ACT II
Scene 5
 

Alexandria. CLEOPATRA'S palace

Enter CLEOPATRA, CHARMIAN, IRAS, and ALEXAS

CLEOPATRA
Give me some music- music, moody food
Of us that trade in love.

ALL
The music, ho!

Enter MARDIAN the eunuch

CLEOPATRA
Let it alone! Let's to billiards. Come, Charmian.

CHARMIAN
My arm is sore; best play with Mardian.

CLEOPATRA
As well a woman with an eunuch play'd
As with a woman. Come, you'll play with me, sir?

MARDIAN
As well as I can, madam.

CLEOPATRA
And when good will is show'd, though't come too short,
The actor may plead pardon. I'll none now.
Give me mine angle- we'll to th' river. There,
My music playing far off, I will betray
Tawny-finn'd fishes; my bended hook shall pierce
Their slimy jaws; and as I draw them up
I'll think them every one an Antony,
And say 'Ah ha! Y'are caught.'

CHARMIAN
'Twas merry when
You wager'd on your angling; when your diver
Did hang a salt fish on his hook, which he
With fervency drew up.

CLEOPATRA
That time? O times
I laughed him out of patience; and that night
I laugh'd him into patience; and next morn,
Ere the ninth hour, I drunk him to his bed,
Then put my tires and mantles on him, whilst
I wore his sword Philippan.

Enter a MESSENGER

O! from Italy?
Ram thou thy fruitful tidings in mine ears,
That long time have been barren.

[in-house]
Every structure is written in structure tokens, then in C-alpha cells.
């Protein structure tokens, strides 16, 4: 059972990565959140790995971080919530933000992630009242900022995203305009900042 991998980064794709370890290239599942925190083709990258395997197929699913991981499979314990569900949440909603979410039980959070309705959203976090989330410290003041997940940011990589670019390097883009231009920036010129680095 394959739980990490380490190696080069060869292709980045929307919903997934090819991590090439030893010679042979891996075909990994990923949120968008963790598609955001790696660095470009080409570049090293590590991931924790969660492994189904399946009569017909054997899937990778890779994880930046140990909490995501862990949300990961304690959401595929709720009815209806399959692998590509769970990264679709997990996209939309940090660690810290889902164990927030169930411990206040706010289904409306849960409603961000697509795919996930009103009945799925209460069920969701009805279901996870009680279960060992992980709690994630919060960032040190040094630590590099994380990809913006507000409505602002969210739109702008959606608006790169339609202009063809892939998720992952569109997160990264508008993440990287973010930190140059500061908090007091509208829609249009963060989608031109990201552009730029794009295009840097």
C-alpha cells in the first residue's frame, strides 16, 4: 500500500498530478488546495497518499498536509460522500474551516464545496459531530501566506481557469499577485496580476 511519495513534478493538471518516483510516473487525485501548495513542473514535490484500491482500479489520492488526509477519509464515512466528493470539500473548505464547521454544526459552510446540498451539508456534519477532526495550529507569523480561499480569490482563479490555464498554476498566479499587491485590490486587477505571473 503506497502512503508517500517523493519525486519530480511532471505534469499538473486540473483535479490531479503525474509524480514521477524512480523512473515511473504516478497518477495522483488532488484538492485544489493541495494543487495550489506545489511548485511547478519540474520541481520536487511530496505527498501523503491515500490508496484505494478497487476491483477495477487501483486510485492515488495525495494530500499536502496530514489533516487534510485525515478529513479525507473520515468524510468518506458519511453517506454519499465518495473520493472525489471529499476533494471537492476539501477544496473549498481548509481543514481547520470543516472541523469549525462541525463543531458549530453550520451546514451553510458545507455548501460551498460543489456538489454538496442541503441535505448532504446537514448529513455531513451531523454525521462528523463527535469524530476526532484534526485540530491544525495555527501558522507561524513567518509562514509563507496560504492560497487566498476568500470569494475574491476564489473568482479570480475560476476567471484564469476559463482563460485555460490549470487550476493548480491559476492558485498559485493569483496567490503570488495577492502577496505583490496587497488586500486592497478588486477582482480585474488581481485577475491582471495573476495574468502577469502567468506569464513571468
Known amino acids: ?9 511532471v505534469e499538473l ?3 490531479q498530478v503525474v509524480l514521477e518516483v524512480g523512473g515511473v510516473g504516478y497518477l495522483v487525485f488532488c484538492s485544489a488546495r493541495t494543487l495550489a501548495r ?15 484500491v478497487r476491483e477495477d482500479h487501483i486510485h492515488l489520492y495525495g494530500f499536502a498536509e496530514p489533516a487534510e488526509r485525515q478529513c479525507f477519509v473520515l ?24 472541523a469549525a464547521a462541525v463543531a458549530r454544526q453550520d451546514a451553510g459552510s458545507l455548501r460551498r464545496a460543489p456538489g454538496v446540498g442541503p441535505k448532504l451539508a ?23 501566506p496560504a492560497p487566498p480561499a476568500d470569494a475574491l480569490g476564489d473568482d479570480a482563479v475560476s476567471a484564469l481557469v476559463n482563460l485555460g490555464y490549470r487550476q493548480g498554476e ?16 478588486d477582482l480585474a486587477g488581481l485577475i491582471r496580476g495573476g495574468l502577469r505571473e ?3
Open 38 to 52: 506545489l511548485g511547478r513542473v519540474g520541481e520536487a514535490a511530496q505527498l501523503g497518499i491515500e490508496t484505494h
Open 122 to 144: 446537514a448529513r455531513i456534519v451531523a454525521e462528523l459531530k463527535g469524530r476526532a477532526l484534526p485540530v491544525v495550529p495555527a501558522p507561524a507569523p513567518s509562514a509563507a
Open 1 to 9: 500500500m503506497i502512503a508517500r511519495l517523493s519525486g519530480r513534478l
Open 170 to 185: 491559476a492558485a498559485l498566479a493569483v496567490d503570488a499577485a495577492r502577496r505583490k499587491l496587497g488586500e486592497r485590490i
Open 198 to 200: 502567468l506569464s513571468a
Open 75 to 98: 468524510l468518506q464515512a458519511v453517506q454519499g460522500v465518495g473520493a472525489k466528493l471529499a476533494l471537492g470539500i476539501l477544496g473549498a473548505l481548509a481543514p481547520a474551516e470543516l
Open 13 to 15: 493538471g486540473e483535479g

MESSENGER
Madam, madam-

CLEOPATRA
Antony's dead! If thou say so, villain,
Thou kill'st thy mistress; but well and free,
If thou so yield him, there is gold, and here
My bluest veins to kiss- a hand that kings
Have lipp'd, and trembled kissing.

MESSENGER
First, madam, he is well.

CLEOPATRA
Why, there's more gold.
But, sirrah, mark, we use
To say the dead are well. Bring it to that,
The gold I give thee will I melt and pour
Down thy ill-uttering throat.

MESSENGER
Good madam, hear me.

CLEOPATRA
Well, go to, I will.
But there's no goodness in thy face. If Antony
Be free and healthful- why so tart a favour
To trumpet such good tidings? If not well,
Thou shouldst come like a Fury crown'd with snakes,
Not like a formal man.

MESSENGER
Will't please you hear me?

CLEOPATRA
I have a mind to strike thee ere thou speak'st.
Yet, if thou say Antony lives, is well,
Or friends with Caesar, or not captive to him,
I'll set thee in a shower of gold, and hail
Rich pearls upon thee.

MESSENGER
Madam, he's well.

CLEOPATRA
Well said.

MESSENGER
And friends with Caesar.

CLEOPATRA
Th'art an honest man.

MESSENGER
Caesar and he are greater friends than ever.

CLEOPATRA
Make thee a fortune from me.

MESSENGER
But yet, madam-

CLEOPATRA
I do not like 'but yet.' It does allay
The good precedence; fie upon 'but yet'!
'But yet' is as a gaoler to bring forth
Some monstrous malefactor. Prithee, friend,
Pour out the pack of matter to mine ear,
The good and bad together. He's friends with Caesar;
In state of health, thou say'st; and, thou say'st, free.

MESSENGER
Free, madam! No; I made no such report.
He's bound unto Octavia.

CLEOPATRA
For what good turn?

MESSENGER
For the best turn i' th' bed.

CLEOPATRA
I am pale, Charmian.

MESSENGER